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Freedom Struggle in Telangana ఆగస్ట్ 15, 2008

Posted by Telangana Utsav in Culture, Hyderabad, politics, Telangana.

Freedom struggle in Hyderabad

Staff Reporter , The Hindu


HYDERABAD: The idea of freedom for old generation Hyderabadis differs vastly from the broad one prevailing all across the nation. Having seen or participated in the Telangana Armed Struggle, they can not readily associate the word ‘freedom’ with August 15 as they do it with September 17, the day the Princely State of Hyderabad was united with the Indian Union through police action.


Though the Telangana Armed Struggle has the highest recall value in Hyderabad, it could not have really taken off had there been no moorings in the nation-wide struggle for self rule. However, with the movement lacking support from the ruling Nizam, the situation here was entirely different from the general scenario in other princely states. Lack of momentum was also due to the large scale illiteracy and poverty in Telangana region where 80 per cent of the rural population was landless. The land was concentrated in the hands of Nawabs, Jagirdars, Deshmukhs, and Landlords and the general public was under constant repression.


Nevertheless, the nationalist movement had branched off to Hyderabad State as well. A State Congress did exist, but stayed out of harm’s way by considering the national movement only against the British and not against the princely States. It did not win the support of the Nawabs who wanted the status quo to continue. The State Congress, then populated by Arya Samajis, was given very limited social activity.


Setting up of Andhra Maha Sabha in 1920s allowed the literate people, Telugu speaking middle class, intellectuals and small businessmen to have a common platform where they could exchange views about literature and social issues. Madapati Hanumantha Rao, the eminent educationist was the first President of the Andhra Mahila Sabha. However, they could not go any further or announce their political agenda as the activities of the organisation were under constant watch by the Nizam’s police. The organisation received a booster in terms of Independence aspirations with Ravi Narayana Reddy becoming its member and later President.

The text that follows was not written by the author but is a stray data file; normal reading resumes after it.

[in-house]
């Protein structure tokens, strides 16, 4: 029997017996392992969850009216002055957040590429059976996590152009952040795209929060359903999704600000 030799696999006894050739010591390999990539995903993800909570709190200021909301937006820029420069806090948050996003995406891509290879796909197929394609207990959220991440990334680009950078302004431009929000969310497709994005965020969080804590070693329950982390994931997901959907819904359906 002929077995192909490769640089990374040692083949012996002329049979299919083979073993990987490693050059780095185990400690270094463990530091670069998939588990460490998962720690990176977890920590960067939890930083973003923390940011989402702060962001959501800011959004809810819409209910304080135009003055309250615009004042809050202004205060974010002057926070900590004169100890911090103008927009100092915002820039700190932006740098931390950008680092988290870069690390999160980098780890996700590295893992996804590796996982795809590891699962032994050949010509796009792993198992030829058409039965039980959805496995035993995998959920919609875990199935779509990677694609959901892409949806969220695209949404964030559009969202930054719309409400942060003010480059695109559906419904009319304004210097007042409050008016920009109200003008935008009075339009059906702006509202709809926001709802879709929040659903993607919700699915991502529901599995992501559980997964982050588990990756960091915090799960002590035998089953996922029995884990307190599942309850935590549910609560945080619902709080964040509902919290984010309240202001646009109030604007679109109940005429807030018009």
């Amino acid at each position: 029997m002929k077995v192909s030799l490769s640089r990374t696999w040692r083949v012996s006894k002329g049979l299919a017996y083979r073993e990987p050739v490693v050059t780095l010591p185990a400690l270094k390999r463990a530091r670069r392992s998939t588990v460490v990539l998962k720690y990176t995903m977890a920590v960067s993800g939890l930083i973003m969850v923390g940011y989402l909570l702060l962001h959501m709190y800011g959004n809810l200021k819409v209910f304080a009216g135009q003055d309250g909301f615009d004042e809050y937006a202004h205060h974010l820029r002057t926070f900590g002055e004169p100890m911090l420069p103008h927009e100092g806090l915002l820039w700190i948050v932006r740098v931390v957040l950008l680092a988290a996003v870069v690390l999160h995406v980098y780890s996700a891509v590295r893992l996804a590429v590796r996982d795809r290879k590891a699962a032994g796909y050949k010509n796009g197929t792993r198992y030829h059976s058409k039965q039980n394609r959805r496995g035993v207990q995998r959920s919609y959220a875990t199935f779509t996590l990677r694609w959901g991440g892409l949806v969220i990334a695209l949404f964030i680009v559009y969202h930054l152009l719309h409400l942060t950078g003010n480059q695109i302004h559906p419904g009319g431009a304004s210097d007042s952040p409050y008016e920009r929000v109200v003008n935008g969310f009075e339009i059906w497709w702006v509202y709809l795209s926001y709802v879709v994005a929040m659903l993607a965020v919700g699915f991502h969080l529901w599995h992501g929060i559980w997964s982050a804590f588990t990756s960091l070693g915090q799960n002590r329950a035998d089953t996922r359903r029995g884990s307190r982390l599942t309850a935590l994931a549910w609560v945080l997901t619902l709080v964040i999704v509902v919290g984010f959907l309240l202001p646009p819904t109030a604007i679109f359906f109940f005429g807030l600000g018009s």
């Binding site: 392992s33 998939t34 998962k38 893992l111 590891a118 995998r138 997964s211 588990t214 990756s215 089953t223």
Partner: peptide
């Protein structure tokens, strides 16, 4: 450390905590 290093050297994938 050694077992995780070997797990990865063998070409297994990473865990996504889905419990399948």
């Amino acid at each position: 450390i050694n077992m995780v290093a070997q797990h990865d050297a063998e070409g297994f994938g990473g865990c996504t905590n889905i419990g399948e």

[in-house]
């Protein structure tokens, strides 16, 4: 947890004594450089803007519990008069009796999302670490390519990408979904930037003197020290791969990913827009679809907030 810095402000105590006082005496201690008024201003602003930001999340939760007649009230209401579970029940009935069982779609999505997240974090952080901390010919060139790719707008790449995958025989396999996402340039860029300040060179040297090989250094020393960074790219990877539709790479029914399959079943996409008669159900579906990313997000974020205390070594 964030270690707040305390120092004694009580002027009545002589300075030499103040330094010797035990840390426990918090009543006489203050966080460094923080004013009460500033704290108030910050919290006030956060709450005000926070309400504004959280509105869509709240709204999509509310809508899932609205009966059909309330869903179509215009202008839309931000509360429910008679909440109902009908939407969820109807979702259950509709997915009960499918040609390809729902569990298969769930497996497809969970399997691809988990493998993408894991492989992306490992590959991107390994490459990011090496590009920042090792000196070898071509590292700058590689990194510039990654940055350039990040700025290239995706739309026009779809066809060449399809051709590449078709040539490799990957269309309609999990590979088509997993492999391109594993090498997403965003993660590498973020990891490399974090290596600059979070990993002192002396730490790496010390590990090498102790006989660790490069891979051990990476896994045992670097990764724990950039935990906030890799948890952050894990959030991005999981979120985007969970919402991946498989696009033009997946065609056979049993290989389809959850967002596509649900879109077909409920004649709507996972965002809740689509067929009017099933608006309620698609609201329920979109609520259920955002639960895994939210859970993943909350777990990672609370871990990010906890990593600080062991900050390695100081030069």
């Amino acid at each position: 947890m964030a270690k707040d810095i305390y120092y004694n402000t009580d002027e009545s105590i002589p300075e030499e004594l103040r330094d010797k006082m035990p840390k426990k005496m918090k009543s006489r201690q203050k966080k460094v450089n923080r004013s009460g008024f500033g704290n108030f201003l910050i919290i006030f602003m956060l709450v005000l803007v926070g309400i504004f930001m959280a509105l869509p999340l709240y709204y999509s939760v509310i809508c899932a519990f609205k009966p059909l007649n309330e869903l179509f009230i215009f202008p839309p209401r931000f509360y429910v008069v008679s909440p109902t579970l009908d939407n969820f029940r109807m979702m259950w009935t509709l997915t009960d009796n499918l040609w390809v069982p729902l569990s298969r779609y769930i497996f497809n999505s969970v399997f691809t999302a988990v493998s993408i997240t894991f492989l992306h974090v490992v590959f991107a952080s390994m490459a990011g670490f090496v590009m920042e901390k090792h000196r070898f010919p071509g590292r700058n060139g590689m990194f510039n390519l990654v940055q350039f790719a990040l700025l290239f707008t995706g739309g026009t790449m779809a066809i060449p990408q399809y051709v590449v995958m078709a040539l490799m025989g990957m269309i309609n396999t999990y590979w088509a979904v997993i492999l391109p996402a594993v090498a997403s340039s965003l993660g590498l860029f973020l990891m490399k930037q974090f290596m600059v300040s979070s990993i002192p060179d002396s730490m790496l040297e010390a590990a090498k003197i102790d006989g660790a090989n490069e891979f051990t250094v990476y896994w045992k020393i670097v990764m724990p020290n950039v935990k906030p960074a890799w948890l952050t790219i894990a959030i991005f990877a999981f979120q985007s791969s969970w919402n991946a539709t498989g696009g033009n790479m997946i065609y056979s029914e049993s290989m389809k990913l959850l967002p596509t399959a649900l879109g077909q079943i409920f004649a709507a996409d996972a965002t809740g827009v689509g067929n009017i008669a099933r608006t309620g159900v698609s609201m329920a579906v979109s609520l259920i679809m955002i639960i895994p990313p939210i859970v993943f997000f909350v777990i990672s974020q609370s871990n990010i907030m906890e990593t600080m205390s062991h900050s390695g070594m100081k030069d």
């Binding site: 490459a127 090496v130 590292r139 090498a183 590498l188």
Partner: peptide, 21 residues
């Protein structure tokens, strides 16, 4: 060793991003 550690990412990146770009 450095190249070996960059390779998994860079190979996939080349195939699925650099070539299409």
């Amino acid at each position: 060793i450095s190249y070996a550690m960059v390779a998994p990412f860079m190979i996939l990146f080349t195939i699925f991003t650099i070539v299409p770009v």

Ravi Narayana Reddy’s first presidential speech at Andhra Maha Sabha was about international politics and demand for democratisation. It attracted young and radical elements to rally around the communists. Even prior to Ravi Narayana Reddy assuming the leadership of Andhra Maha Sabha, there was a student rebellion in the backdrop of ‘Vandemataram’ movement of 1938.


Contrary to the wishes of the students of Osmania University, orders were issued by the authorities proscribing the singing of the national song inside the university or hostel campus.


The students, upon being forced to vacate the hostels, rose up against the order. P.V.Narasimha Rao, who was to become the Prime Minister of India later was one among the expelled students. Others included Tiruvarangam Hayagrivachari, and Arutla Ramachandra Reddy. The students were praised for their patriotism by the likes of Jawaharlal Nehru, Netaji Subhas Chandra Bose, and V.D. Savarkar.


The leadership of the Hyderabad State Congress till then dominated by Hindu religious forces from Aryasamaj and Hindu Maha Sabha, turned more nationalistic after the arrival of Swami Ramanand Tirtha. Designated as the President of the State Congress in 1946, he attracted many young men who would later play prominent roles in independent India. PV Narasimha Rao, SB Chavan, Veerendra Patil, and Marri Channa Reddy were notable among them.


When it became clear that the British would leave the country, a resolution was passed at a social session of the Hyderabad State Congress in May 1947, towards accession of the princely state to the Indian Union. The session saw the initiation of ‘Join India Movement’ led by the likes of Swamy Ramananda Thirtha, Burgula Ramakrishna Rao and others who sat on Satyagraha and got arrested.


People who wished to be part of Independent India observed the Join India Day on August 7, 1947.


Their desire to hoist the National Flag on August 15 was not indulged by the Nizam who, not very keen on losing his stranglehold over the region, declared independence from the British two days before on August 13. Notwithstanding the restriction, the Tricolour fluttered across different streets in Hyderabad on the Independence Day. Swamy Ramananda Thirtha hoisted the flag at Sultan Bazar.


The struggle was later taken over by the Telangana guerrilla movement in full throttle, which ended with the Indian Army led by Gen.J.N.Choudhari entering the state and overseeing the surrender of Nizam’s army. By 1950-51 the guerilla action had considerably degenerated.


(With inputs taken from www.aicc.org.in, ‘Telangana People’s Struggle and Its Lessons’ by Puchchalapalli Sundarayya, and www.suravaram.com)



source: The Hindu, 15 August 2008


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